Strange fictional worlds
Posted August 15, 2007on:
I’ve noticed an amusing aspect to my exploration of old Paris Review issues: whatever my opinion on the merits (or lack thereof) of any author, the critical world is sure to the think the exact opposite.
James Salter? Pretentious bore who shouldn’t be placed anywhere near the label of “impressionistic”. (You can’t read anything by Ford Madox Ford and then call Salter’s prose anything of the sort. You just can’t. It’s blasphemy.) Critics? “[O]ne of our most important writers in the last fifty years; a master of his craft”. Leonard Michaels? His story was a bit daft really: didn’t see the point or the effect he was going for. Critics? “[O]ne of the most highly regarded contemporary American literary figures…a master of the short story”. Dallas E. Wiebe? Ahh, he seems to have slipped through the cracks, although the Review of Contemporary fiction gave his 2003 short stories collection a favourable review.
I thought Rosalyn Drexler’s story was disturbingly crazy in the best way possible: she is now more or less creating in obscurity. Jesse Hill Ford’s fiction was an atmospheric immersion: his life ended in a tragic suicide, and that was that for the most part. Wurlitzer’s Nog appears to be generally viewed as a dated curiosity. I thought it was one of the better “strange” examples of 60s fiction, as I’ve experienced it through the lit magazine’s archives.
I fear that my present anointed Best Contemporary Writers in the world are destined for future obscurity and neglect. My apologies to them in advance.
From one strange landscape to another, I have initiated contact with the science fiction world. *applause* It was a rough start. In an impressive bout of self-delusion I picked So Long Been Dreaming: Postcolonial Science Fiction and Fantasy Stories, figuring that the “postcolonial” label was merely a convenient geographical grouping. Then I read Nalo Hopkinson’s introduction.
A friend and fellow science fiction writer, Zainab Amadahy, once introduced me to a friend of hers, a black scholar who had recently completed his PhD. We got to talking about my short story “Riding the Red”, which does a jazz riff on the folk tale of Little Red Riding Hood. He listened to my description of my story, then asked, “What do you think of Audre Lorde’s comment that massa’s tools will never dismantle massa’s house?”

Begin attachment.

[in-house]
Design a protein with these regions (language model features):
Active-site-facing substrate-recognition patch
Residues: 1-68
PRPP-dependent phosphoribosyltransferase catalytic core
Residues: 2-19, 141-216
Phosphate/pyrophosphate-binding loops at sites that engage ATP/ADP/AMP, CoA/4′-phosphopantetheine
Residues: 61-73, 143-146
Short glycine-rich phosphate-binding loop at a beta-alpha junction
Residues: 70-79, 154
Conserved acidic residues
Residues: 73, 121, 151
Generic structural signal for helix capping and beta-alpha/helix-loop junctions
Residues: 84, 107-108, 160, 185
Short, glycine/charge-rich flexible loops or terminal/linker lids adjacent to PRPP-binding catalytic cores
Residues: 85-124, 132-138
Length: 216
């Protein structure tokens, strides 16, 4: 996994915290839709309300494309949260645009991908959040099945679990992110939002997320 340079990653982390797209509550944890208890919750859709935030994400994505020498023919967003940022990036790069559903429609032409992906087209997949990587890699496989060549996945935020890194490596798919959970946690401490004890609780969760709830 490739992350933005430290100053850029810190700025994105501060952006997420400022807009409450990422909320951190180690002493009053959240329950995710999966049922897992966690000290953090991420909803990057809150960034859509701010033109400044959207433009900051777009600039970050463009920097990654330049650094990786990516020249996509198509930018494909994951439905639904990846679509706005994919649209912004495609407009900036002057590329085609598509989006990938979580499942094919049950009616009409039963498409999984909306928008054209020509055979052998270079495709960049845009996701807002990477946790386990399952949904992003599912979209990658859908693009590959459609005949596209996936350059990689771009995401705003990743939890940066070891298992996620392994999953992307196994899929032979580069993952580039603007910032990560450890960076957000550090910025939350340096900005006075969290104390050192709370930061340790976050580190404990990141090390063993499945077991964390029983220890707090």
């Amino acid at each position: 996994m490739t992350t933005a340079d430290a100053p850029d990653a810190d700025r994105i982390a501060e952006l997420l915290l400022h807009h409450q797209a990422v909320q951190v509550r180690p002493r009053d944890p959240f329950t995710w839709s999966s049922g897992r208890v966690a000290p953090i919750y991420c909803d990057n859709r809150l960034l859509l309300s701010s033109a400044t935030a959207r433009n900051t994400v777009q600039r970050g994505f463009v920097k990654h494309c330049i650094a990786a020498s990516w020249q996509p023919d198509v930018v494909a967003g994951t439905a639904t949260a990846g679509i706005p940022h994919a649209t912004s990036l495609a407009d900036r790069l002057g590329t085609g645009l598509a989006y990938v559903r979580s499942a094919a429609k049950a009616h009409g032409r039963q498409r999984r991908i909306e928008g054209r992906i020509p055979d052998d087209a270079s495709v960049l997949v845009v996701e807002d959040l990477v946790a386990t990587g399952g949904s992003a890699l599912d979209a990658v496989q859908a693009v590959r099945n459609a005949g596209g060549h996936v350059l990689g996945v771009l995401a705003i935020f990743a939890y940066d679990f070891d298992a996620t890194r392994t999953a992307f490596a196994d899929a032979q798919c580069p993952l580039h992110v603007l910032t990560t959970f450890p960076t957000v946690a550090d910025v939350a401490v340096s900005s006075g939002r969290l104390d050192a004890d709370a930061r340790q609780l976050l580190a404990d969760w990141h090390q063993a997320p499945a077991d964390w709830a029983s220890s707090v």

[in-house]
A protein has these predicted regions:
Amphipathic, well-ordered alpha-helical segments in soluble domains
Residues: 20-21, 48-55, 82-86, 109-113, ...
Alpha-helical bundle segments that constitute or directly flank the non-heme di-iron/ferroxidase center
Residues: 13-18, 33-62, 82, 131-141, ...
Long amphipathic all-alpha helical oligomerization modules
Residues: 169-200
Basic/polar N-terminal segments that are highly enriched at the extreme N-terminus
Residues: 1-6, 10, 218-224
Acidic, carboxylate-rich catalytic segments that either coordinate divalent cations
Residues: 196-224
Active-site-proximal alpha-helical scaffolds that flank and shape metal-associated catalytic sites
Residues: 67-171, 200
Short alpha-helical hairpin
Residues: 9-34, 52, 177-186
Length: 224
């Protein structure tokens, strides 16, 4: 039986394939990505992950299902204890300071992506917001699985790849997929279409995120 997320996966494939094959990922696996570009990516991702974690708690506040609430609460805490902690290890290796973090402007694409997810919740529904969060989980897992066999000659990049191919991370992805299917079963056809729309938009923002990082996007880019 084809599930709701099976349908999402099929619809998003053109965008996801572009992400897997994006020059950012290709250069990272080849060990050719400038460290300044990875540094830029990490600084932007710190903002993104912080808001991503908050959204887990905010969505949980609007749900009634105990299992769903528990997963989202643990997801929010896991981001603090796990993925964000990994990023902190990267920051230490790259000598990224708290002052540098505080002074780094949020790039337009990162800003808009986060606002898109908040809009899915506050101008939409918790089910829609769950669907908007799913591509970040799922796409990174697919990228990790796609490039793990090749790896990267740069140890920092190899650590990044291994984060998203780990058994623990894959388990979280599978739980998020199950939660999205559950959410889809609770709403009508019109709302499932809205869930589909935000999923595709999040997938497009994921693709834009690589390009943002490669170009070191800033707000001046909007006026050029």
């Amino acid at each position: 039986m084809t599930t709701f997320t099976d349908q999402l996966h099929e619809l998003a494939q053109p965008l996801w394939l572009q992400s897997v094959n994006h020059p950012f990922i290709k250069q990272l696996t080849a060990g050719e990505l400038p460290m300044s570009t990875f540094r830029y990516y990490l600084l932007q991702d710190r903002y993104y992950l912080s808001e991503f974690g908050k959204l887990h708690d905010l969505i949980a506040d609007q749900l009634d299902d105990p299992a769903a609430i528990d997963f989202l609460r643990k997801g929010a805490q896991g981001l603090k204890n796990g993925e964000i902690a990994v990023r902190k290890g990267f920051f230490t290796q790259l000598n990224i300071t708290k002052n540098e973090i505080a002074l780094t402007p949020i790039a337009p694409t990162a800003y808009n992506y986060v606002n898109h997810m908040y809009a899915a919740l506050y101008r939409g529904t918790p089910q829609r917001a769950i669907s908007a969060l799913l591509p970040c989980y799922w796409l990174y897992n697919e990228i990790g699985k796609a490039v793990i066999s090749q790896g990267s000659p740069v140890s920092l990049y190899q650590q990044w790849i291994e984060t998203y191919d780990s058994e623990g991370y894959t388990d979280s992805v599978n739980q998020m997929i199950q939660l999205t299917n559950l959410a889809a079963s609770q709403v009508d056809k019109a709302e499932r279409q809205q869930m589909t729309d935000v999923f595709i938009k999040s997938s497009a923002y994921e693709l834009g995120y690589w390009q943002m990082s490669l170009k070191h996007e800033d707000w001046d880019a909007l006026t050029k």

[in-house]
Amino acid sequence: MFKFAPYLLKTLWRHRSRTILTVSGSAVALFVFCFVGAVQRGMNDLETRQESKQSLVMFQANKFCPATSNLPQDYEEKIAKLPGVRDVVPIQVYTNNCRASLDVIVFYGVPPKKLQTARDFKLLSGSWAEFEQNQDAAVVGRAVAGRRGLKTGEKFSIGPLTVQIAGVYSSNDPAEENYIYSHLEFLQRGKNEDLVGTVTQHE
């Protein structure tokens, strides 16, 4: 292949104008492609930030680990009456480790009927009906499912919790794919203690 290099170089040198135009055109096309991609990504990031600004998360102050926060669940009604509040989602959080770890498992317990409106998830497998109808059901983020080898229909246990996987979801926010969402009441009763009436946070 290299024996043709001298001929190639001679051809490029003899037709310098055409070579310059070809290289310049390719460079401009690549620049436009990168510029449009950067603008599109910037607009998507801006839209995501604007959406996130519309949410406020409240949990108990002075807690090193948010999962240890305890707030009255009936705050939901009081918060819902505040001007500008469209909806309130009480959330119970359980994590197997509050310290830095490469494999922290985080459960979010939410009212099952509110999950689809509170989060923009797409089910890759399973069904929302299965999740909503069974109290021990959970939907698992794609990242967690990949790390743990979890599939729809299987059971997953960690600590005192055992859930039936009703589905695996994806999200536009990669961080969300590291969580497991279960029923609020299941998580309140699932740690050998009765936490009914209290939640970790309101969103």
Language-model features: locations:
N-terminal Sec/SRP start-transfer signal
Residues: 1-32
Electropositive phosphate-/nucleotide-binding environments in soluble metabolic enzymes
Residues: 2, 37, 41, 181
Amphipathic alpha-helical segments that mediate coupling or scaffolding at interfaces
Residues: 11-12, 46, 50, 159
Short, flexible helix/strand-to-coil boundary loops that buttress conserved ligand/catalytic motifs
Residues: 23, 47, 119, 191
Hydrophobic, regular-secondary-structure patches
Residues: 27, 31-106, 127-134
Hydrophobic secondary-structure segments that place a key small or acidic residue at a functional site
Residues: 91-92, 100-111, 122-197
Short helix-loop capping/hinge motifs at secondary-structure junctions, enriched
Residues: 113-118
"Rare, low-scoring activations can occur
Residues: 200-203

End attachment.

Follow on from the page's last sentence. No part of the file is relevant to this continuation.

I don’t know if this makes me a terrible (black) person but I immediately threw back my head with raucous laughter. Hopkinson’s answer was better and far more measured — her adaptation of the fairy tale to a Afro-Caribbean context naturally led her to use the tools to build her own house — which quieted any fears I had about being led into a merry old political rant.
Nisi Shawl’s “Deep End” was the first story and it tripped me several times; there were three moments (at least) when I stopped abruptly, chuckled in fear and confusion, and wondered whether it was not too late to switch to another option. The first stumble occurred at, “Psyche Moth was a prison ship”. Uh oh, spaceships. Spaceships. You have to understand I’m a dyed-in-the-wool fantasy reader. I do not blink at wizards, elves, necromancers or secret assassin groups with mysterious powers. (I draw the line at mages and “watercraeft”). But once you present space ships and aliens and colonised planets, and some stuff about your mind being uploaded, and clones, “freespace”, I panic. The eyelids blink rapidly, I begin to worry about all of the strange technological content that I must be misunderstanding (for is this not my first SF?), and the Asimov and Heinlein (or whoever) references of which I am assuredly ignorant, making my understanding of the story pathetic at best. Isn’t there a kids SF book I should probably start with first, to ease me in? Who on earth told me I could write anything about these kinds of books?
I’m proud to say that I survived (barely). It was a strange feeling but at the end I was happy to realise that I did have things to write about in my dangerous moleskin — print critics, shudder in despair! — so I was not befuddled.
Andrea Hairston’s “Griots of the Galaxy” was a more welcoming read because a) lots of action, baby and b) it drew on an aspect of African culture reimagined it a fantastical way, a technique with which I’m more familiar. She writes “speculative fiction” but I don’t know what that means precisely, and her plays are described as having SF “themes”. I thought, at first, that she wasn’t strictly SF because her story didn’t have a spaceship, but nope, one appeared near the end. There wasn’t a lot of science in her story, I guess, although there was reincarnation and a very Wilson Harris like interpretation of collective consciousness. But there was space travel. I concluded that there wasn’t enough technology and shit to make it SF, no fairies so it couldn’t be fantasy, and a little too much un-literary action scenes and fantastical content to make it “magic realism”. Whatever it is, I liked it a lot, not the least because of the novelty of African culture being used in the kind of stories I, more or less, uniformly associate with European myth.
If you’d like to know what a griot is, here’s an informative website.